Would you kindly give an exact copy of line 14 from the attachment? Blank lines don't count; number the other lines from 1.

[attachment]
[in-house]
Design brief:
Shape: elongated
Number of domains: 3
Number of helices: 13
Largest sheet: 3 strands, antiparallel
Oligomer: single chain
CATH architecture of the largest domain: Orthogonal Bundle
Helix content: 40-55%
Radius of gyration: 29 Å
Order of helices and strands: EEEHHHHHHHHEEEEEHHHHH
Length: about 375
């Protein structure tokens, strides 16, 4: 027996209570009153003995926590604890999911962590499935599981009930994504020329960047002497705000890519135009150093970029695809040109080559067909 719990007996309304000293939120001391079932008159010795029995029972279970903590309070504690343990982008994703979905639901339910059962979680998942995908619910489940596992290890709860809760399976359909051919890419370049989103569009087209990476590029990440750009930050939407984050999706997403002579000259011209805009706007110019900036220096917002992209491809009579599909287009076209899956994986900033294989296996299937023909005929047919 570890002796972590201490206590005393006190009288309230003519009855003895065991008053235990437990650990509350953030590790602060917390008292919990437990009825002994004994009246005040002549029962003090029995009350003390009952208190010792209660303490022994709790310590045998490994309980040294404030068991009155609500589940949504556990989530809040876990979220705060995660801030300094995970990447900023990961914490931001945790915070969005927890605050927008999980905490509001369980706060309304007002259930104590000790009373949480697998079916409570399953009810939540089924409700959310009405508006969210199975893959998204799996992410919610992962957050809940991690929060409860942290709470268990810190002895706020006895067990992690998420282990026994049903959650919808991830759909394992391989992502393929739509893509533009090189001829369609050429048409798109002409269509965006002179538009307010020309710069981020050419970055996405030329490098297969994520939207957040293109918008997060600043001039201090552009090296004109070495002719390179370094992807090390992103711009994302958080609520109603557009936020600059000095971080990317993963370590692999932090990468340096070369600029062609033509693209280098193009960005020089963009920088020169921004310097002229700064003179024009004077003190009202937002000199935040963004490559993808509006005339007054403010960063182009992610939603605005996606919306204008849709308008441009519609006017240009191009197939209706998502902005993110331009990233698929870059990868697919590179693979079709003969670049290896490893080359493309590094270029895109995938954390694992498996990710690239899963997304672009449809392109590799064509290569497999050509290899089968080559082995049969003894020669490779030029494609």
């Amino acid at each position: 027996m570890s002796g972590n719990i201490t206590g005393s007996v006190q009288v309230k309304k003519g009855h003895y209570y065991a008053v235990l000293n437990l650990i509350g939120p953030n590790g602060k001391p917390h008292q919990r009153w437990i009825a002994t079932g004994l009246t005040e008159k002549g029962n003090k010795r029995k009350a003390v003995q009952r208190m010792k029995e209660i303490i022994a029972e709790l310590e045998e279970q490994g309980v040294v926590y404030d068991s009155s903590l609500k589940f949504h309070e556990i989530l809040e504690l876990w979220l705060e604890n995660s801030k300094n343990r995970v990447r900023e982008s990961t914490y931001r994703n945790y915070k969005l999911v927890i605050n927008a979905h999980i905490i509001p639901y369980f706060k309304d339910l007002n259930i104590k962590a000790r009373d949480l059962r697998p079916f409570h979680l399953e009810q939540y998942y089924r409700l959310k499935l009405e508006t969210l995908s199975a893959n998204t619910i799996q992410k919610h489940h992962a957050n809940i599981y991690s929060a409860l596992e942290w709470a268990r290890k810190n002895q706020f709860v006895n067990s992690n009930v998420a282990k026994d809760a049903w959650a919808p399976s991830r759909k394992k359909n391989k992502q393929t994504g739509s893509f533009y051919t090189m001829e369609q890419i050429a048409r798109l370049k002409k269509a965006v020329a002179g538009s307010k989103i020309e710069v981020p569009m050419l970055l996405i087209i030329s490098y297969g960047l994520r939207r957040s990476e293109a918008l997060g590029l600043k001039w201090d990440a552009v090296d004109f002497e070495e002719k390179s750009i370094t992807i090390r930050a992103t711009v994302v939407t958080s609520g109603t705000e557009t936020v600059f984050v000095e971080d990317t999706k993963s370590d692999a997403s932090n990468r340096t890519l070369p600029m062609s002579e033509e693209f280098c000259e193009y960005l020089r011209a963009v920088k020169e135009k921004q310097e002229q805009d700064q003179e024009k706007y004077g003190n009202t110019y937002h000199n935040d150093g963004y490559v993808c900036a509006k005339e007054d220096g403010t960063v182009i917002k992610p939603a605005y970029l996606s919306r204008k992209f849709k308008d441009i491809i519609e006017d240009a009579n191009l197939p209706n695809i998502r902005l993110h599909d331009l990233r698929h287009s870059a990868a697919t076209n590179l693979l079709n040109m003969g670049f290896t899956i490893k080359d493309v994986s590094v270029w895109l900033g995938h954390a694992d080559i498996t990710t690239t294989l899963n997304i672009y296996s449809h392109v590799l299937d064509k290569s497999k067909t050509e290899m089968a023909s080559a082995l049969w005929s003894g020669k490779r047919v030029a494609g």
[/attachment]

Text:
């Amino acid at each position: 027996m570890s002796g972590n719990i201490t206590g005393s007996v006190q009288v309230k309304k003519g009855h003895y209570y065991a008053v235990l000293n437990l650990i509350g939120p953030n590790g602060k001391p917390h008292q919990r009153w437990i009825a002994t079932g004994l009246t005040e008159k002549g029962n003090k010795r029995k009350a003390v003995q009952r208190m010792k029995e209660i303490i022994a029972e709790l310590e045998e279970q490994g309980v040294v926590y404030d068991s009155s903590l609500k589940f949504h309070e556990i989530l809040e504690l876990w979220l705060e604890n995660s801030k300094n343990r995970v990447r900023e982008s990961t914490y931001r994703n945790y915070k969005l999911v927890i605050n927008a979905h999980i905490i509001p639901y369980f706060k309304d339910l007002n259930i104590k962590a000790r009373d949480l059962r697998p079916f409570h979680l399953e009810q939540y998942y089924r409700l959310k499935l009405e508006t969210l995908s199975a893959n998204t619910i799996q992410k919610h489940h992962a957050n809940i599981y991690s929060a409860l596992e942290w709470a268990r290890k810190n002895q706020f709860v006895n067990s992690n009930v998420a282990k026994d809760a049903w959650a919808p399976s991830r759909k394992k359909n391989k992502q393929t994504g739509s893509f533009y051919t090189m001829e369609q890419i050429a048409r798109l370049k002409k269509a965006v020329a002179g538009s307010k989103i020309e710069v981020p569009m050419l970055l996405i087209i030329s490098y297969g960047l994520r939207r957040s990476e293109a918008l997060g590029l600043k001039w201090d990440a552009v090296d004109f002497e070495e002719k390179s750009i370094t992807i090390r930050a992103t711009v994302v939407t958080s609520g109603t705000e557009t936020v600059f984050v000095e971080d990317t999706k993963s370590d692999a997403s932090n990468r340096t890519l070369p600029m062609s002579e033509e693209f280098c000259e193009y960005l020089r011209a963009v920088k020169e135009k921004q310097e002229q805009d700064q003179e024009k706007y004077g003190n009202t110019y937002h000199n935040d150093g963004y490559v993808c900036a509006k005339e007054d220096g403010t960063v182009i917002k992610p939603a605005y970029l996606s919306r204008k992209f849709k308008d441009i491809i519609e006017d240009a009579n191009l197939p209706n695809i998502r902005l993110h599909d331009l990233r698929h287009s870059a990868a697919t076209n590179l693979l079709n040109m003969g670049f290896t899956i490893k080359d493309v994986s590094v270029w895109l900033g995938h954390a694992d080559i498996t990710t690239t294989l899963n997304i672009y296996s449809h392109v590799l299937d064509k290569s497999k067909t050509e290899m089968a023909s080559a082995l049969w005929s003894g020669k490779r047919v030029a494609g």